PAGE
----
About K-Soh

CFS recipient, 2007. I work for an oncology-focused pharmaceutical company based in Lehi, UT. I like road biking, golfing, '90s music videos, and playing the ukulele.

An Unexpected Love Story

The following is a written version of the story I told at our Corvias alumni retreat last summer.

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Can I tell you a love story?

Some of you may know that a few years ago I was a Mormon missionary in Italy. You’ve probably seen missionaries around—they’re often young guys in white shirts with black name tags riding around on bicycles like nutheads; yeah, that was me, except I wore a skirt (even on the bike, which is a totally different story that I’ll have to tell another time).

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Me near the beginning of my mission after having biked home in the pouring rain.

There are a lot of rules you’re asked to follow as a missionary, including being with a companion missionary 24/7. You don’t get to choose who your companion is, but once you’re assigned together, you’re supposed to stay within sight and sound of each other for a six-week period called a “transfer”. At the end of the transfer, the mission president, typically an older, married man who leads the missionary efforts in your area, will send you and/or your companion to a new area, or leave you there for another six weeks.

Being a missionary was the most wonderful, awful, terrifying, challenging, amazing, difficult, and life-changing thing I’ve done in my life thus far. I literally would spend all day stopping people on the street to talk to them about Jesus, which, for my somewhat introverted self, was terrifying every single time, and almost assuredly annoying for everyone with whom I attempted to converse. One of the general LDS church leaders once described this terror by saying something along the lines of: “Missionaries are just as terrified to be there standing on your porch as you are finding them there.” So don’t worry the next time they knock on your door–you definitely have the upper hand.

There are a lot of reasons why I decided to serve a mission and none of them was motivated by a desire to get anything from anyone; I simply wanted to help others and do what I thought I needed to do. I quickly realized, however, that being a missionary was an amazing opportunity for me to learn, and I wanted to make goals in order to maximize my experience. I decided to make a list in my journal of things I wanted to learn from my mission, but for the entire length of my 18 months as a missionary, I could only ever come up with one thing I wanted my mission to teach me: love. I’d heard from people who’d already served missions about how much they loved the people in the areas where they served; I wanted to learn how to recognize and accept love and how to give love.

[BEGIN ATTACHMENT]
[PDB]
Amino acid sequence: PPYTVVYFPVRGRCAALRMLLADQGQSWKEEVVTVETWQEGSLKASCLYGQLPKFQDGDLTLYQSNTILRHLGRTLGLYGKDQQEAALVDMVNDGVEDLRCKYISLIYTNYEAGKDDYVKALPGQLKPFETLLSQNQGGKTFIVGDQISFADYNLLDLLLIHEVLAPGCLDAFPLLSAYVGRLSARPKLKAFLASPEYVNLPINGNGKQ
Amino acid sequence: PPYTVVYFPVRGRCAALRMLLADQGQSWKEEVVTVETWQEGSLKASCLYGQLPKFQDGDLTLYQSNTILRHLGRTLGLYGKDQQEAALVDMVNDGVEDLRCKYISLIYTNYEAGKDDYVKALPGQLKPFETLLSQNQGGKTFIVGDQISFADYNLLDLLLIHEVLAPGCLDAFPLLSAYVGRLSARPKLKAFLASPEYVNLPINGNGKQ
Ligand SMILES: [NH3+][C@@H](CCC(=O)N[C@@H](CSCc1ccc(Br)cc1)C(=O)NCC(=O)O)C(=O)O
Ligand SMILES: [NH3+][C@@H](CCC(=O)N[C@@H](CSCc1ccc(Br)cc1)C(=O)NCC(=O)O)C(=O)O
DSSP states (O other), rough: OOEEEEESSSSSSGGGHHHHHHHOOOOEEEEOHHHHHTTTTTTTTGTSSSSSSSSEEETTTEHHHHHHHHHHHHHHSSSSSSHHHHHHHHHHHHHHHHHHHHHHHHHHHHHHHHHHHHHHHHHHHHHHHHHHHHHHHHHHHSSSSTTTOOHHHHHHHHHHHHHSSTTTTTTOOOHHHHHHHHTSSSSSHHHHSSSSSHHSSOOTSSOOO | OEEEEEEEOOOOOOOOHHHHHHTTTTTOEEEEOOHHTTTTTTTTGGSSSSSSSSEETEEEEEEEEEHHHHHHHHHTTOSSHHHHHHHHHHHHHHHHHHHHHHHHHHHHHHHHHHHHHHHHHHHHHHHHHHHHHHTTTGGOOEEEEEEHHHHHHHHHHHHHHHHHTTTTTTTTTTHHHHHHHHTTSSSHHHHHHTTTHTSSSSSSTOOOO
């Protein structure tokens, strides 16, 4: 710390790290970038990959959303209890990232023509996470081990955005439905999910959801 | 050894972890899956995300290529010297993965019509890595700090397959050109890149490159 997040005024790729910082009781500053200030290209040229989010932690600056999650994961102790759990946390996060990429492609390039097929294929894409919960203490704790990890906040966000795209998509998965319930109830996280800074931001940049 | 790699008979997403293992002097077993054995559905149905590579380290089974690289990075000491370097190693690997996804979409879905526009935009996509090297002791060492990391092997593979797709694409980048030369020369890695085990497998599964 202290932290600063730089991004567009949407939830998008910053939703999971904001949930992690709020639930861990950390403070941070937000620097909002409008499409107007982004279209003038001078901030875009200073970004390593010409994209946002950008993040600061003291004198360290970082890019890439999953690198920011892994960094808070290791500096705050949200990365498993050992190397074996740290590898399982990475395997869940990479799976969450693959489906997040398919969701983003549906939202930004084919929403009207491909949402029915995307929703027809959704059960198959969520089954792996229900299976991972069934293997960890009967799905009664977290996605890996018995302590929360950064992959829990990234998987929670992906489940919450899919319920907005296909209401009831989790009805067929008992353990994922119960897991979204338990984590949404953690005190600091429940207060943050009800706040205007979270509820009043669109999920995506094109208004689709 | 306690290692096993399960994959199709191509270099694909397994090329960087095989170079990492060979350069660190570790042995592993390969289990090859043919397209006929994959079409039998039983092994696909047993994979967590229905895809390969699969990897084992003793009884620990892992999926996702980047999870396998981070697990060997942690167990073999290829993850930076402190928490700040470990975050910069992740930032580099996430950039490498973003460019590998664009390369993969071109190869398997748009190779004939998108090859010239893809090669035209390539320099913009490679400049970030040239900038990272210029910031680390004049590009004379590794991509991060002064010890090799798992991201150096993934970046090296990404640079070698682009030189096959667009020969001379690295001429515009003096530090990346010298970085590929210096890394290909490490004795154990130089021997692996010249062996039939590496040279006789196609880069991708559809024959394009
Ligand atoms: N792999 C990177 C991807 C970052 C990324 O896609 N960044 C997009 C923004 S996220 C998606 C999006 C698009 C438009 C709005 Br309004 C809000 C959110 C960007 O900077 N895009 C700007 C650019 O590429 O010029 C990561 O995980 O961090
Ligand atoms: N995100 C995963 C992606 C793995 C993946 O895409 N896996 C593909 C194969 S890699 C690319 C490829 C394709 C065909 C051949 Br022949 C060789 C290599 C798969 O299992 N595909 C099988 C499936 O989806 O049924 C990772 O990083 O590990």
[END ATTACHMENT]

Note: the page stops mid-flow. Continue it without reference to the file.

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My mission goals, from my actual journal

Missionary convention dictates that you forsake your first name in favor of your last name, so I became Sister Soh, or in Italian, Sorella Soh (male missionaries use the title “Elder”, or “Anziano” in Italian). I spent the first nine weeks of my mission at the Missionary Training Center (MTC) in Provo, Utah, where they teach you how to be a missionary and if you’re serving in a non-English speaking country, they teach you the language of the place in which you’ll be serving. Missionaries don’t get to pick where they get to serve, so being sent to Italy was like winning the lottery. The country is beautiful, the people are beautiful, and the food is beautiful (I gained 30 pounds). And despite some unpleasant experiences (people can be very mean), I had many, many unforgettable moments of joy and happiness and love. I felt like I was on track to meet my only goal.

Over the course of my mission, I had eight different companions. I got along great with my first few companions, considering the fact that we were together every moment of every day; they were all Americans, and we’d often talk about home and our lives before the mission and what we wanted to do when we got home. Our mission president encouraged us to serve each other, cook and eat lunch together, and look out for each other so we would get along and be more effective missionaries.

About seven months into my mission, the mission president called me and told me I was getting transferred from the coastal city of Savona to the big city—Milano. Summer was just starting, so the thought of leaving the breezes of the Mediterranean for the sticky, stifling heat of the city was disappointing, but he told me he had a special assignment for me: My new companion, Sorella Sanchez*, needed some love. Right up my alley.

Sorella Sanchez was from Peru, but had lived in Rome for 10 years before serving a mission. She was 11 years older than me and didn’t speak any English. When we were together, the church members would often ask me about her personality, which was hard for them to read. The only explanation I could give them was that she was particolare, which is a word Italians use to describe people who they don’t understand. In English, some might have described her as “awkward”, but there’s no word for that in Italian, and even if there was, she wouldn’t have known what it meant because she wasn’t awkward—she was just particolare.